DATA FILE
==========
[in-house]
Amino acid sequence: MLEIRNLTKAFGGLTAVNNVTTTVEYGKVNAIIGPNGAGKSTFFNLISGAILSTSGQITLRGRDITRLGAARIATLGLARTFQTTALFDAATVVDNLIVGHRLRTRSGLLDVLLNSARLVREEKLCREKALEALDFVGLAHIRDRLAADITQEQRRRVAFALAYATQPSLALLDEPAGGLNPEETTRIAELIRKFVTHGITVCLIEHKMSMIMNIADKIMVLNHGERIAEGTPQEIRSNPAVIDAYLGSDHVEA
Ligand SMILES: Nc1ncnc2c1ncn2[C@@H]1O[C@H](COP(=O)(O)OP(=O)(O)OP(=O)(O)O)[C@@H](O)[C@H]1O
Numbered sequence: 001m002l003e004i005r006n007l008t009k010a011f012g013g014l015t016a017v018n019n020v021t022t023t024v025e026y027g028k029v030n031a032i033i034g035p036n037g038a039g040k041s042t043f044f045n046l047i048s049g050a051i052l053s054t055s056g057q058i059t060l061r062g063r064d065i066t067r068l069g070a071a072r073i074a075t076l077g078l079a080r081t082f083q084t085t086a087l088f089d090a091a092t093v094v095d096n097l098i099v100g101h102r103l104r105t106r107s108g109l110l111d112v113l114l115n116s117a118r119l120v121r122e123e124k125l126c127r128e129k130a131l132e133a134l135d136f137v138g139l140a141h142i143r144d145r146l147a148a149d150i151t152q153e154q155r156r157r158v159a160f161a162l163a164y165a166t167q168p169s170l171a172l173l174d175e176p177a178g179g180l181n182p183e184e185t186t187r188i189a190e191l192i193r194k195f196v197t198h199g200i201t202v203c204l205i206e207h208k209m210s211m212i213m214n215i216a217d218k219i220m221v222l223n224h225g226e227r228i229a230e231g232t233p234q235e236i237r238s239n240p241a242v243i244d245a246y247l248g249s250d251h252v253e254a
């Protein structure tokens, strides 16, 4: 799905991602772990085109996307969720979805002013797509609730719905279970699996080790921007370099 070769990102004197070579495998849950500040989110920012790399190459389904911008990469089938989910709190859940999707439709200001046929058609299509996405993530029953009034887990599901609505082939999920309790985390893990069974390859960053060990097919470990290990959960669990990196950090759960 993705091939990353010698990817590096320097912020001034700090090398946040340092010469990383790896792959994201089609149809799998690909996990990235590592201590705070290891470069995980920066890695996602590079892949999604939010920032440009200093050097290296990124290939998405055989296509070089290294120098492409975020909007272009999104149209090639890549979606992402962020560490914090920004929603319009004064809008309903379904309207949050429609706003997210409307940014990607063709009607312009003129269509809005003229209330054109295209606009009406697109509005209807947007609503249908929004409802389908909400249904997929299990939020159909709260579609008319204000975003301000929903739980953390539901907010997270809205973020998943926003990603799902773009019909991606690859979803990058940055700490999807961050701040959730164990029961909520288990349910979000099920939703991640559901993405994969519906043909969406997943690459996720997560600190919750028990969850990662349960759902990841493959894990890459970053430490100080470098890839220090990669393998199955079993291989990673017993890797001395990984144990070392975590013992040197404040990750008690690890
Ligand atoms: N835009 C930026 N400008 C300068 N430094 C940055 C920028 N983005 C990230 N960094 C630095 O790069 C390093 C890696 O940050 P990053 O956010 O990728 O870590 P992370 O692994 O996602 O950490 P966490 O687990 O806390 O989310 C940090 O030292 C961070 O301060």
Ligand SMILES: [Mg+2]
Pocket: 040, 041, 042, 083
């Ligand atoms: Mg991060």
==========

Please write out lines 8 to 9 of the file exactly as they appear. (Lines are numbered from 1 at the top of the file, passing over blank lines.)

Pocket: 040, 041, 042, 083
């Ligand atoms: Mg991060």